Androgens & Women
As a woman enters the transition of menopause, circulating androgens begin to decrease as a result of age-related reductions in adrenal and ovarian secretion. After menopause, a woman’s total estrogen production decreases by 70% to 80%, and androgen production decreases by as much as 50%.
Recently, attention has turned to the addition of the androgens, testosterone and dehydroepiandrosterone (DHEA) to Bio-identical Hormone Replacement Therapy (BHRT) in order to alleviate recalcitrant menopausal symptoms and further protect against osteoporosis, loss of immune function, obesity, and diabetes. Estrogen Replacement Therapy (ERT) may represent incomplete preventive hormonal treatment in postmenopausal women because it does not directly address the declines in serum testosterone associated with hysterectomies and age-related gender-independent decline in DHEA. Additionally, ERT may cause relative ovarian and adrenal androgen deficiency, creating a rationale for concurrent physiologic androgen replacement.
Testosterone produced by ovaries in females has been shown to be an important hallmark of hormonal imbalance. As testosterone levels decline with age, restoring both testosterone and DHEA to youthful levels, can yield significant health benefits. Testosterone is produced in the ovaries( in women) at the rate of 2 to 3mg per day, and in the testes (in men) at the rate of 20 to 30mg per day.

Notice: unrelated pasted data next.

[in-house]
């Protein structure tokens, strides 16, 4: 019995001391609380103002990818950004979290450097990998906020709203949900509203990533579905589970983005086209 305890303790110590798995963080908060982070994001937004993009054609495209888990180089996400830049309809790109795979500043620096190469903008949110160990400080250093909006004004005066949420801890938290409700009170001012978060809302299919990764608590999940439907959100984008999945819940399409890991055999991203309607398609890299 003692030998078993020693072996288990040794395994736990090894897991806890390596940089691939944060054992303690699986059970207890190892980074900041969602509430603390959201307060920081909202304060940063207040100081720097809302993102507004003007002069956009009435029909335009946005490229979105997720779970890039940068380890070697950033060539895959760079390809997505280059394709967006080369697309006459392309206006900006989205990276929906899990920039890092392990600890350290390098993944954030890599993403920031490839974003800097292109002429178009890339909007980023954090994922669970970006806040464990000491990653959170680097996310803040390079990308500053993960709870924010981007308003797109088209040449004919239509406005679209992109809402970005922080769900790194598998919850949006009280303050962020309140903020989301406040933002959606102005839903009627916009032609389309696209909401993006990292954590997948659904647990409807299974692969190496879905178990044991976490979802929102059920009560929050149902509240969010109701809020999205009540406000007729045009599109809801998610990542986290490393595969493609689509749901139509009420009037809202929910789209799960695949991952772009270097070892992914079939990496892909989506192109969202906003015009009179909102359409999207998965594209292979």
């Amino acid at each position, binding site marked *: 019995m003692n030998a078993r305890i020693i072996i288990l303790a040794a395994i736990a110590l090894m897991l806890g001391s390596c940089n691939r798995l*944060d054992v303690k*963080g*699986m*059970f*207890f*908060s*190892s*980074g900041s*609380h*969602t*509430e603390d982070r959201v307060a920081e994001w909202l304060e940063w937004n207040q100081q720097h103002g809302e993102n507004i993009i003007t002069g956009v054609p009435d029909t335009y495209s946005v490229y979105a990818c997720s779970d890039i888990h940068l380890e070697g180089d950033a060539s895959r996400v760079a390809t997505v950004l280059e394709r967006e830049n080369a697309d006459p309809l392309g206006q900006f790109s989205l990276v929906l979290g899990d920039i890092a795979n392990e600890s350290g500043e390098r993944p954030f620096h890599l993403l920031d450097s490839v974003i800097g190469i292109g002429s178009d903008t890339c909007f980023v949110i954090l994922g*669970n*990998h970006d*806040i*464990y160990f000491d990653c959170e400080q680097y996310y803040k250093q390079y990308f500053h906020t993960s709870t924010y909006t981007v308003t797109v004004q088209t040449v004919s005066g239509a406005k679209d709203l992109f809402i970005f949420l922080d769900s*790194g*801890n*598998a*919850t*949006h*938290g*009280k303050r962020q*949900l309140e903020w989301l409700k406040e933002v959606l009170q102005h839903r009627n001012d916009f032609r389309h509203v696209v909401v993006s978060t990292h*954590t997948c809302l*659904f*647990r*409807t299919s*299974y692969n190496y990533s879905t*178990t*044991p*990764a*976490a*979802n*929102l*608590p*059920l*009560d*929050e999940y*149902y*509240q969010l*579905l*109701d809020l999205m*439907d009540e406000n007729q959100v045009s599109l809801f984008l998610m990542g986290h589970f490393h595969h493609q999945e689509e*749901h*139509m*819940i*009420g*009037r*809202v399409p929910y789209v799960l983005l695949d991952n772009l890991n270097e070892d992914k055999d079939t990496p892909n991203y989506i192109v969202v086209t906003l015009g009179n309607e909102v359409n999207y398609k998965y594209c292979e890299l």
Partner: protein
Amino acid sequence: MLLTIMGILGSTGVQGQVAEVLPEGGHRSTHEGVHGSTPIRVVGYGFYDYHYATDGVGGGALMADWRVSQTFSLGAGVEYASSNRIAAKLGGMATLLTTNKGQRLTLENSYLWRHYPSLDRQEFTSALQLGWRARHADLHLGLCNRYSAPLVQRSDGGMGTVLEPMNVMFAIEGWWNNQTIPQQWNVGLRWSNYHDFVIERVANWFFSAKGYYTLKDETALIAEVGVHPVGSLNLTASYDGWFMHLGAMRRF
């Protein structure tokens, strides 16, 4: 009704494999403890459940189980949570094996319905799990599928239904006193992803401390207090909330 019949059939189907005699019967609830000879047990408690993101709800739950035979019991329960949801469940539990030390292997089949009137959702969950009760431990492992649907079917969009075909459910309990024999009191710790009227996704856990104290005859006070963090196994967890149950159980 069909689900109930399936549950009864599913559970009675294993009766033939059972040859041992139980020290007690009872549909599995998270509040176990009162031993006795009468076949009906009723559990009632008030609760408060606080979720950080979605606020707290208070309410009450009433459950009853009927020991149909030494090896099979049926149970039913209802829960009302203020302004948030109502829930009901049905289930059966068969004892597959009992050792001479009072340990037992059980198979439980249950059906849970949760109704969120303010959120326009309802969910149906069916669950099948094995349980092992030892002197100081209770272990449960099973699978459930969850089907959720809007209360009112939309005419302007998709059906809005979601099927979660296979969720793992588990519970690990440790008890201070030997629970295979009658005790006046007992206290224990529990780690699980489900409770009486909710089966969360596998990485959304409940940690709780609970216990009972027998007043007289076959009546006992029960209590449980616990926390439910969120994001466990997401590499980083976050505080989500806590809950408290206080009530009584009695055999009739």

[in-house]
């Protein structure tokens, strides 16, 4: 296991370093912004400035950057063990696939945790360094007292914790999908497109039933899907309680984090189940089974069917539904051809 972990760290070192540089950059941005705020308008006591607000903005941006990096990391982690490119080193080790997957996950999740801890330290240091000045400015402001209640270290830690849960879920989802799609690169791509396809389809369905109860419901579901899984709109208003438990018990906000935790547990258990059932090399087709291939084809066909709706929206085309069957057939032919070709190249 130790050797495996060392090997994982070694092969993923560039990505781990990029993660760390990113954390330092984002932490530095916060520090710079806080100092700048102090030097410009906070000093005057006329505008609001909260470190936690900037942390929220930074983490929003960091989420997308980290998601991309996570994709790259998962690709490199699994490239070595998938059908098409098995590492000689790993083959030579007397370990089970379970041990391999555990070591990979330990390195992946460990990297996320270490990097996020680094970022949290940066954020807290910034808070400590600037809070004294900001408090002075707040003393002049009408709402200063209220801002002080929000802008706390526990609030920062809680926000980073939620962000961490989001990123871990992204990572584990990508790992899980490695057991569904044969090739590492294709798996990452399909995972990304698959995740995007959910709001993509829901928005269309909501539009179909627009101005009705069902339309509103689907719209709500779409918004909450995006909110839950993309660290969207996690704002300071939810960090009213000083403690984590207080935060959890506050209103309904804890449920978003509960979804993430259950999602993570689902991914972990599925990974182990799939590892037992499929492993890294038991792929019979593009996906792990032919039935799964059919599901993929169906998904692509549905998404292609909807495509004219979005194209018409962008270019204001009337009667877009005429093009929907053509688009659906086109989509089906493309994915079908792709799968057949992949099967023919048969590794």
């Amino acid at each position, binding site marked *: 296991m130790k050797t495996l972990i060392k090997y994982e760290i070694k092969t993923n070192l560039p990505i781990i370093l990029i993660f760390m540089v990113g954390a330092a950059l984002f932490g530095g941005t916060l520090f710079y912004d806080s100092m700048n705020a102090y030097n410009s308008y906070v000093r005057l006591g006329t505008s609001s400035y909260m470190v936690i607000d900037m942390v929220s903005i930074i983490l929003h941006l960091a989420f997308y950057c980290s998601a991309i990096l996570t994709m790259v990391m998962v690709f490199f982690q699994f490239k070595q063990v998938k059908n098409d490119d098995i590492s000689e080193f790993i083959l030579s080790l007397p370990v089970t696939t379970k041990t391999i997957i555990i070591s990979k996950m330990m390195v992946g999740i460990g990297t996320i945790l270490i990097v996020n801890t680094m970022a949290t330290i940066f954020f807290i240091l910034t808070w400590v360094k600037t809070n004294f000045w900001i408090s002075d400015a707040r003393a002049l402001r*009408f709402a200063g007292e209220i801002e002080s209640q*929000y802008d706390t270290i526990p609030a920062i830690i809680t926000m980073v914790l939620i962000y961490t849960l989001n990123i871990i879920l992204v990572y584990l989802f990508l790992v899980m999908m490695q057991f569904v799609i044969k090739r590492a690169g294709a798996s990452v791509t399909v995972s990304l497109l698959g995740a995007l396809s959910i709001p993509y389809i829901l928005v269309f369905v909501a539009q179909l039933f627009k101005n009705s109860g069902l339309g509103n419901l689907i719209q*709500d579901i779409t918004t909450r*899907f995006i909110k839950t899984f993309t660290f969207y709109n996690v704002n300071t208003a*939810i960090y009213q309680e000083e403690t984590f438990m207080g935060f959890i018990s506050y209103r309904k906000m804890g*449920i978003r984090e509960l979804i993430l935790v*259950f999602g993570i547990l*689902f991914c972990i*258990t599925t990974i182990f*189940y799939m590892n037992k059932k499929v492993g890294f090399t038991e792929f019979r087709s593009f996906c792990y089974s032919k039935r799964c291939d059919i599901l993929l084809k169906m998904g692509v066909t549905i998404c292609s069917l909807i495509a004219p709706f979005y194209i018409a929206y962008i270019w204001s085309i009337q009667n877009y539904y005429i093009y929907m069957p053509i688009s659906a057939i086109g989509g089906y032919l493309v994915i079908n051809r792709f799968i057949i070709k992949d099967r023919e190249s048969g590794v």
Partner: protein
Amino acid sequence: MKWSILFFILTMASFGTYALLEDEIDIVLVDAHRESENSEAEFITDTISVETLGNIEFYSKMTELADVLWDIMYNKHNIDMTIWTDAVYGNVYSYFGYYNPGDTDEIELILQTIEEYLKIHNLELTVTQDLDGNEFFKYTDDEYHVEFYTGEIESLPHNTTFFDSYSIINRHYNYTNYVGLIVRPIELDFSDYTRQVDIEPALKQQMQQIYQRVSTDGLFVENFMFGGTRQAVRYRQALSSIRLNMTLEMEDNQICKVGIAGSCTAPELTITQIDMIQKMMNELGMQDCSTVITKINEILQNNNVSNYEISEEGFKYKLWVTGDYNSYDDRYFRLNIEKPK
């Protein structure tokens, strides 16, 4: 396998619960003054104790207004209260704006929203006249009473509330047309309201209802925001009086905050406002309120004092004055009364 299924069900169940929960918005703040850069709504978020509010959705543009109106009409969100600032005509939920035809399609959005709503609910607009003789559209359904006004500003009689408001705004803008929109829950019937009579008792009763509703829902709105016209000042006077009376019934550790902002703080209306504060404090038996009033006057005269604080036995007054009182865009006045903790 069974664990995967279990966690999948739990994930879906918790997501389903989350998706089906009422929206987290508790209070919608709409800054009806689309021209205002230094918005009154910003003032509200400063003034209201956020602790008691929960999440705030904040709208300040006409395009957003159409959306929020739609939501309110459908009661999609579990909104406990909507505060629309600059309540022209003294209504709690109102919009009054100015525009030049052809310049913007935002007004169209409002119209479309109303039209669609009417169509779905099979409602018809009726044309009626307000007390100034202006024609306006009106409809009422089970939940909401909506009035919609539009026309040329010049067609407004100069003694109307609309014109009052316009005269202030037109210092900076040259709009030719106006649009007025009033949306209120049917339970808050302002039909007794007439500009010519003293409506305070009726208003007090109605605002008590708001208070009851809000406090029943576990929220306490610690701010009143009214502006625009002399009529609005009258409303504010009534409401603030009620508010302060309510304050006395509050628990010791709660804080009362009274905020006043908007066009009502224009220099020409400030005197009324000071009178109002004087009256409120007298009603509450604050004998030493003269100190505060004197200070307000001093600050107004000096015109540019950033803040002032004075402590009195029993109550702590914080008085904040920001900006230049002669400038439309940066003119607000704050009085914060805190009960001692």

As women age, the most significant imbalance is a reduction in free testosterone while estrogen levels remain the same or rise.
When excess testosterone is made, a feedback mechanism takes place, which converts testosterone into estradiol. This initiates hypothalamic shutdown, which in turn triggers the production of more testosterone. Our current diet & lifestyle tend to tilt the balance towards higher estradiol & lower testosterone levels. Replacing adequate testosterone with natural testosterone can help protect the heart, improve mental alertness, make bones stronger & revive a lagging sex life.
Studies by Dr Jens Moller, a Danish researcher & his colleagues suggested that testosterone could reduce the risk of serious heart disease. Testosterone has also been shown to improve sexual activity in both men & women.
Testosterone receptors are found in the brain and heart. These receptors help :
- maintain healthy cholesterol levels
- maintain muscle mass & bone formation
- improve oxygen uptake throughout the body
- control blood sugar levels
- maintain immune surveillance
- maintain youthful cardiac output & neurologic function
- maintain healthy bone density, muscle mass & RBC production.